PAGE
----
Chain of Custody

Tuesday, December 13, 2016

Chain of custody (CoC), refers to the act, manner, handling, supervision and/or control of media or information (usually, but not always, tape). The ultimate goal of successful chain of custody is to preserve the integrity of the resource (tape, video etc.) while providing a detailed audit log of who has touched it, when and where. Chain of Custody is usually offered by remote vaulting providers like Iron Mountain and requires implementation of several best practices described below:

Tracking: Media should be tracked by unique bar codes and reports should be generated detailing the current location of the media. If the media is stored across cloud providers, a best practice is to report on a regular cadence on what media reside on which clouds.

Security/Encryption: The off-site location and the process used to access the media should be analyzed for security practices. Media should be placed in locked containers before leaving the data center and subsequent tracking done at the tape container level. For cloud-based vaulting, similar measures need to be in place. End to end encryption is a must and data must not be left unencrypted at any time.

En-Route Security / In-Flight: Whether it’s you or the physical media recipient who handles the arrangement, make sure the transportation is sufficiently secure. This includes bonding and background checks on the drivers and other personnel, using reasonably secure vehicles and making sure that the media will be carefully tracked through the entire transportation process. Ideally, the tapes will be locked in secure containers and the keys will be held securely at the other end of the trip. Just like security policies need to be in place while media is being vaulted from the data center to remote location, encryption of data before it leaves the premises and revalidation of the data needs to happen once data is vaulted in the cloud.

Verification: On a regular cadence, rotating media need to be rotated and verified to ensure they can be read. With physical tapes, it is impossible to verify all the tapes that are vaulted on a regular cadence. The agility and elasticity of the cloud provides an advantage allowing customers the option to verify all their tapes.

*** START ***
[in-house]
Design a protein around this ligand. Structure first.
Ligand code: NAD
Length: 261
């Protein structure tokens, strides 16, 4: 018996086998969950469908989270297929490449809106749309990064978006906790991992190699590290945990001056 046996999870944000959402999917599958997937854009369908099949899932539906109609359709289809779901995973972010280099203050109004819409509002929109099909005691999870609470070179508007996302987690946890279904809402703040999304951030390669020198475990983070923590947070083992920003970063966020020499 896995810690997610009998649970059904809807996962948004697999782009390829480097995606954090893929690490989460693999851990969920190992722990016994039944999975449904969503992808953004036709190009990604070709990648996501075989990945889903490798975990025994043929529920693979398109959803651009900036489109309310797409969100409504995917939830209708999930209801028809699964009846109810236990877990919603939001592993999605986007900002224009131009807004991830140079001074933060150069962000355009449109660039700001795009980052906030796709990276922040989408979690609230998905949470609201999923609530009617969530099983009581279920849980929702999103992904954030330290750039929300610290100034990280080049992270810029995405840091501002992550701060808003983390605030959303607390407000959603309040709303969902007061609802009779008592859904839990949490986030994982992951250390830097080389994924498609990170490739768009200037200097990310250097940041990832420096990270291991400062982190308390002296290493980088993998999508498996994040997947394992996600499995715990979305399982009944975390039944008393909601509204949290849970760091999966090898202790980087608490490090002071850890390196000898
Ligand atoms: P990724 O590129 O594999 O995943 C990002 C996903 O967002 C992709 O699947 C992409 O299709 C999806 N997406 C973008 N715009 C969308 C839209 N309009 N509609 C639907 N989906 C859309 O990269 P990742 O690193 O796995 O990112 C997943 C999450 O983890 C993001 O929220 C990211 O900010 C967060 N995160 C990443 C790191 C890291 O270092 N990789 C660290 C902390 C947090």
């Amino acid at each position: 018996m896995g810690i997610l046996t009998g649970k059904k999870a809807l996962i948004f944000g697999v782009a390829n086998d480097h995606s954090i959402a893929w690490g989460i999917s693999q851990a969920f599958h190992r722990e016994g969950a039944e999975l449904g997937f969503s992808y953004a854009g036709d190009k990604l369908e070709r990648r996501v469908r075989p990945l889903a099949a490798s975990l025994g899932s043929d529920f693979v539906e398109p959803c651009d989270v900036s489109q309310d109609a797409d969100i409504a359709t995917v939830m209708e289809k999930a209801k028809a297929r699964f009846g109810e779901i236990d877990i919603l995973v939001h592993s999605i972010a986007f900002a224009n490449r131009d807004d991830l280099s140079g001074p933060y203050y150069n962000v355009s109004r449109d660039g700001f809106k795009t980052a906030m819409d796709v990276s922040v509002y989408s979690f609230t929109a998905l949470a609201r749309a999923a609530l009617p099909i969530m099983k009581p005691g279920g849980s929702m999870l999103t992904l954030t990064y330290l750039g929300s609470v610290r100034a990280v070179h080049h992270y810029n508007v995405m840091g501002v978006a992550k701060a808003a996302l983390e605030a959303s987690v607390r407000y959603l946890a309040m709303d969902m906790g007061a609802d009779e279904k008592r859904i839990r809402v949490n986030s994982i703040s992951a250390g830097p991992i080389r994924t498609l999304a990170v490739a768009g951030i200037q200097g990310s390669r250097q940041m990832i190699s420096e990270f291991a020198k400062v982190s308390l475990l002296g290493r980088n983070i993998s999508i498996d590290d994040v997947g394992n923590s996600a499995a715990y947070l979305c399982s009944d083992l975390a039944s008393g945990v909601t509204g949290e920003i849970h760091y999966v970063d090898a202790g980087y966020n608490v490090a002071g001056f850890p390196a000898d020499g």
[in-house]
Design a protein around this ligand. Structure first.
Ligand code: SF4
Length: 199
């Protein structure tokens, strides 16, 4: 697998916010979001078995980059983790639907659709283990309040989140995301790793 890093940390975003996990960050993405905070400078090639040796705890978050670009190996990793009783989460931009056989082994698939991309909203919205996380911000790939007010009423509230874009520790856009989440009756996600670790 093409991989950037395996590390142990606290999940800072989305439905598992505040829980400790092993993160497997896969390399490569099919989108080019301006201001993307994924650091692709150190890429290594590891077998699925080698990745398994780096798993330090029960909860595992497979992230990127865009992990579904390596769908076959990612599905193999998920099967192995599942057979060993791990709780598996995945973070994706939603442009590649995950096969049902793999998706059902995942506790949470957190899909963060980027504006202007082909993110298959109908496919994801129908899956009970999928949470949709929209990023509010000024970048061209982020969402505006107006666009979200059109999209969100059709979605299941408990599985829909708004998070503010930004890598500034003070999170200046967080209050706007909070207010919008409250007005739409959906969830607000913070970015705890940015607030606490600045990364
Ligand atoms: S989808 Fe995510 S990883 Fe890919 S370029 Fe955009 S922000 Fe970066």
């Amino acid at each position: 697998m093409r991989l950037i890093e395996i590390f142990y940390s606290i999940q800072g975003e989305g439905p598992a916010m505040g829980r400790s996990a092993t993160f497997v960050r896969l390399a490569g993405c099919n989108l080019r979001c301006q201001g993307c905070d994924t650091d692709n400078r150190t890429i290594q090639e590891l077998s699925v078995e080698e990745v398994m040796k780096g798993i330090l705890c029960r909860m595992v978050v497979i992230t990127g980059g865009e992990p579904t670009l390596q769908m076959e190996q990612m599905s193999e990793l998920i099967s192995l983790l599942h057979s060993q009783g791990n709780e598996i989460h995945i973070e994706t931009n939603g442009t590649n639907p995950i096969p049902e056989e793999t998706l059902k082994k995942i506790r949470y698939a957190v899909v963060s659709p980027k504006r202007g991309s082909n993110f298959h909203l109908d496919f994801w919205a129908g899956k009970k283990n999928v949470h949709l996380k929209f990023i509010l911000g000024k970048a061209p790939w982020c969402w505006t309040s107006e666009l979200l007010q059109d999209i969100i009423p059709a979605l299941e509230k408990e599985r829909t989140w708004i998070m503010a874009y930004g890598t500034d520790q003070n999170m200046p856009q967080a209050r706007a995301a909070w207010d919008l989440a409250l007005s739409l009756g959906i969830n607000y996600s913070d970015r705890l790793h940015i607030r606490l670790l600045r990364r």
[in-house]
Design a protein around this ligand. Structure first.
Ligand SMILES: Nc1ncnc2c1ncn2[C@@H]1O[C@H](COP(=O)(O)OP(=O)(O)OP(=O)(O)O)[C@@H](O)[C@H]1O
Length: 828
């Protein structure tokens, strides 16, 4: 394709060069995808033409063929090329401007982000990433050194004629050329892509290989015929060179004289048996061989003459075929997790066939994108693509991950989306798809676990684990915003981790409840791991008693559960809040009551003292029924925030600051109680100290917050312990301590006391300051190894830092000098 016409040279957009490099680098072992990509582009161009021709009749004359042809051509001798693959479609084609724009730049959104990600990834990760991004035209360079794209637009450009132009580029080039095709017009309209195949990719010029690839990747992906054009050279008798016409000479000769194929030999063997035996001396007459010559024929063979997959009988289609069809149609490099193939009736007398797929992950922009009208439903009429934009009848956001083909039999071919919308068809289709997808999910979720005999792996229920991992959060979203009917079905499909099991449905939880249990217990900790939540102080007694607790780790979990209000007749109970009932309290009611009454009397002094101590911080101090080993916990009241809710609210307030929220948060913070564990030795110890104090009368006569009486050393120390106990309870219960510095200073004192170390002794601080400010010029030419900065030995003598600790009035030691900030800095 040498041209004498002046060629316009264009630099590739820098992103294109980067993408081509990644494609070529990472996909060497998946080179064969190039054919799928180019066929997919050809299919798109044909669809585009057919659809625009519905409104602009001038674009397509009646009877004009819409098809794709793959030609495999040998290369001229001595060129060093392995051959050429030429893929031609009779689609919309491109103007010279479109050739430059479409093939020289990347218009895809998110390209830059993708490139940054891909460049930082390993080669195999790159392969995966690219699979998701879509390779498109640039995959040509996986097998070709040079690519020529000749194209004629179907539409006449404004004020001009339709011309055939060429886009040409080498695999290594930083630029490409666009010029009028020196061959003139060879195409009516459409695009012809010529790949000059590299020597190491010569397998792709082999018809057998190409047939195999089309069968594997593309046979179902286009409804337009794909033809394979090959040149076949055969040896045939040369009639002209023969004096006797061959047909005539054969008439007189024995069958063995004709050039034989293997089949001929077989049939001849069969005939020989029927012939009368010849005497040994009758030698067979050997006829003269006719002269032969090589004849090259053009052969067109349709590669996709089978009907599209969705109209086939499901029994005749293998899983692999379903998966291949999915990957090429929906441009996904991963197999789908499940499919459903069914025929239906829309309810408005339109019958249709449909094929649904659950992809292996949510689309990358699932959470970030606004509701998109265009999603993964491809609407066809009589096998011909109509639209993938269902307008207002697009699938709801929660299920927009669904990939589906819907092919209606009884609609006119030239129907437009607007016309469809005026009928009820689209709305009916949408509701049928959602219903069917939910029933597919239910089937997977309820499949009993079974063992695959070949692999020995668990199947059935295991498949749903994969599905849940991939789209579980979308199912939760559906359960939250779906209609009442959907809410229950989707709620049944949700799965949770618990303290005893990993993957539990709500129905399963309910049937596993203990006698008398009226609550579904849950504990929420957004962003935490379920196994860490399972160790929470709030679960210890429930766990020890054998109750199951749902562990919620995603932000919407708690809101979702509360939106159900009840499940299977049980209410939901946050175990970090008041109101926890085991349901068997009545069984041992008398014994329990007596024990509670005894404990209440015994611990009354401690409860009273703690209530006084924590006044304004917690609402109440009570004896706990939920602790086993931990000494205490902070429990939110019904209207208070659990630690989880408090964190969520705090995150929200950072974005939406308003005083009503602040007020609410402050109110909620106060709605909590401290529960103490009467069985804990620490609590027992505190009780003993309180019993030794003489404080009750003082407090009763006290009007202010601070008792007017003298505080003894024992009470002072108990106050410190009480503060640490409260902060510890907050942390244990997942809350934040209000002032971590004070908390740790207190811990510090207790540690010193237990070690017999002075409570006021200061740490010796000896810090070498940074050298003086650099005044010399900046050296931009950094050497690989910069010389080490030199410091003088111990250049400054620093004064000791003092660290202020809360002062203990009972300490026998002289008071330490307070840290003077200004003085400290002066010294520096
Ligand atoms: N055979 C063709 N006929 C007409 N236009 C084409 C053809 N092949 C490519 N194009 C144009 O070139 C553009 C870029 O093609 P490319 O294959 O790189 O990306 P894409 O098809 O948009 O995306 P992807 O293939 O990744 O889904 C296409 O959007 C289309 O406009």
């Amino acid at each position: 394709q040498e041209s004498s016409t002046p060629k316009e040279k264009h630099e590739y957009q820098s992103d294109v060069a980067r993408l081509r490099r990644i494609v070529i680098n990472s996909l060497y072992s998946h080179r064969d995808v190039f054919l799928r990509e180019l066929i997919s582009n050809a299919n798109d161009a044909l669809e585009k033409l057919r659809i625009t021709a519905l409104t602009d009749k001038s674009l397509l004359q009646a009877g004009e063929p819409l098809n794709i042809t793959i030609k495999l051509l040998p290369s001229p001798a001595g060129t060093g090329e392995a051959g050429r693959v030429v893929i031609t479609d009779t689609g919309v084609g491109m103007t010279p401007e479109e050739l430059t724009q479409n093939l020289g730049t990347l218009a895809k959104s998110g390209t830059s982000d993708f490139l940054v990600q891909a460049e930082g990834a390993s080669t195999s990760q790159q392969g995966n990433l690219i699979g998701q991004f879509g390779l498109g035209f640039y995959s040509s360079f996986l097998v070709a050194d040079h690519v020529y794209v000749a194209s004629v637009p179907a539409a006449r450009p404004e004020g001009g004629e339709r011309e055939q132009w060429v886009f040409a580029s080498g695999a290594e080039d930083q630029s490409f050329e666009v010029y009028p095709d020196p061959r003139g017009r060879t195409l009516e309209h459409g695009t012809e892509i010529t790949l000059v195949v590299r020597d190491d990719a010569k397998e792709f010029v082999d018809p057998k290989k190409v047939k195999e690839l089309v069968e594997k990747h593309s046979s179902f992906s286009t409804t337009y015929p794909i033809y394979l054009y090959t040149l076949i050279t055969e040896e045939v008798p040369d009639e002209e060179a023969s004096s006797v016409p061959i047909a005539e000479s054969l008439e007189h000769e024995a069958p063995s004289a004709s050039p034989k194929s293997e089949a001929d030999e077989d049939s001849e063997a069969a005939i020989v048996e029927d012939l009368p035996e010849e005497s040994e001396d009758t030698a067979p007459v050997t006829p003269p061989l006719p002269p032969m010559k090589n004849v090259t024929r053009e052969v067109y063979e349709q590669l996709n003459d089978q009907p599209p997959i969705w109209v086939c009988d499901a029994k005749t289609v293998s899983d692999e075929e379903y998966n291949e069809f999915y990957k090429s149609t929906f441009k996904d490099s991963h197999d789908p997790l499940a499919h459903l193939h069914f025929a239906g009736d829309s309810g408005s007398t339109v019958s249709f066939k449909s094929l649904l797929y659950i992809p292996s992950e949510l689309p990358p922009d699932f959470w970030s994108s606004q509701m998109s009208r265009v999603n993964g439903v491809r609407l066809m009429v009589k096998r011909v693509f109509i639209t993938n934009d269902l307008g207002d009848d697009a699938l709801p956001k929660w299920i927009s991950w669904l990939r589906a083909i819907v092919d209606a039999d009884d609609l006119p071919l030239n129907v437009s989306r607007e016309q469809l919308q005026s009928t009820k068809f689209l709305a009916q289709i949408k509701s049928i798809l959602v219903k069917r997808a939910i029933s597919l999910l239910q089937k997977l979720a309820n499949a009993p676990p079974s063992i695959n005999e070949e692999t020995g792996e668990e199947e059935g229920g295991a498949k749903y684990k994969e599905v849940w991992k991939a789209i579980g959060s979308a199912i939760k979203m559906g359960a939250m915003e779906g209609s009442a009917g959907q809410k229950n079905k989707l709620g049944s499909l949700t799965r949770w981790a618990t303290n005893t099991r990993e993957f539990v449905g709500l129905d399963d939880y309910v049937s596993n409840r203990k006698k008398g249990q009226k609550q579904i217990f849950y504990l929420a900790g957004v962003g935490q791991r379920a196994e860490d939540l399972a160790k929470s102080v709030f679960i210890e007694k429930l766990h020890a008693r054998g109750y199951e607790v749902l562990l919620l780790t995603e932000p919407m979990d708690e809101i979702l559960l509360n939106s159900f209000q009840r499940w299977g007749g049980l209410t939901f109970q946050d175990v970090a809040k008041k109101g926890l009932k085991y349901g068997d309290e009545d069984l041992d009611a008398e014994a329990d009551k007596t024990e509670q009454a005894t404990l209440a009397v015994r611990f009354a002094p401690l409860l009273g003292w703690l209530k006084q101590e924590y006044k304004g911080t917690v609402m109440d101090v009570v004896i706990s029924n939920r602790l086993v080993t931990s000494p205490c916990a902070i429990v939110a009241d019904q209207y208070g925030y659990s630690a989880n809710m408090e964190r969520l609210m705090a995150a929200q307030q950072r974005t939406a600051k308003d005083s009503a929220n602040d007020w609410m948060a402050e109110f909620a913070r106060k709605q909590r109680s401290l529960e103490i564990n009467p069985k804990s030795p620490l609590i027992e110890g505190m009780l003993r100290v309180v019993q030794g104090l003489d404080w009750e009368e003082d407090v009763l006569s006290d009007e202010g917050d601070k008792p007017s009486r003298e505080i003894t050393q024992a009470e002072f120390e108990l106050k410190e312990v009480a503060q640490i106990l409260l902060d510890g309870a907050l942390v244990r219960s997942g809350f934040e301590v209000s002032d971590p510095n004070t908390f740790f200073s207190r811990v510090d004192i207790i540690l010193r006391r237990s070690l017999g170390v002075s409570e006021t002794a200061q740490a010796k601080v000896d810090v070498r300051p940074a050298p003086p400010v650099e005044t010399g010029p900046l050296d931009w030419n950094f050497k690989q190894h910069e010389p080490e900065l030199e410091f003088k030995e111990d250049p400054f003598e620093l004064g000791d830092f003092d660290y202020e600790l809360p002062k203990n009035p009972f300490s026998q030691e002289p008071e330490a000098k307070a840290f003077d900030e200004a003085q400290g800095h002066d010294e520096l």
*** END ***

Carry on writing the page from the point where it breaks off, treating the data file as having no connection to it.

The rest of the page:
Movement of Media: Tracking should be performed by scanning bar codes every time the media container is moved, including at data centers and at off-site locations. Media containers should be signed for and never left exposed for someone to take. For cloud based vaulting, similar measures need to be in place. Media needs to be tracked as they are moved between tiers of cloud or between cloud providers.

WORM: Option should be available make data immutable. One should be able to read the data but not accidentally erase or overwrite it. Physical tapes have a tab which is broken to make the tape read-only.

Guard against Malicious Intent: Safety rails need to be in place for protecting against malicious intent. Detailed logs should be available of where and when things happened and under whose control.

Audit Logs: Detailed audit logs need to be provided tracking every step of chain of custody irrespective of where the media is vaulted at a remote site or on the cloud.

End of Life & Shredding: Once the media has reached obsolescence or can no longer be relied upon for its integrity, the media must be appropriately destroyed. The destruction of magnetic media is usually accomplished by applying some destruction process to the cartridge, either scrambling the data on the tape or destroying the tape altogether, rendering it useless. For cloud-based solutions, all copies of data need to be shredded.

CloudLanes is the leading provider of digitally archived media in the cloud with ‘Chain of Custody’ and enables implementation of several best practices described above.

-Vijay Ramaswamy @ Team at CloudLanes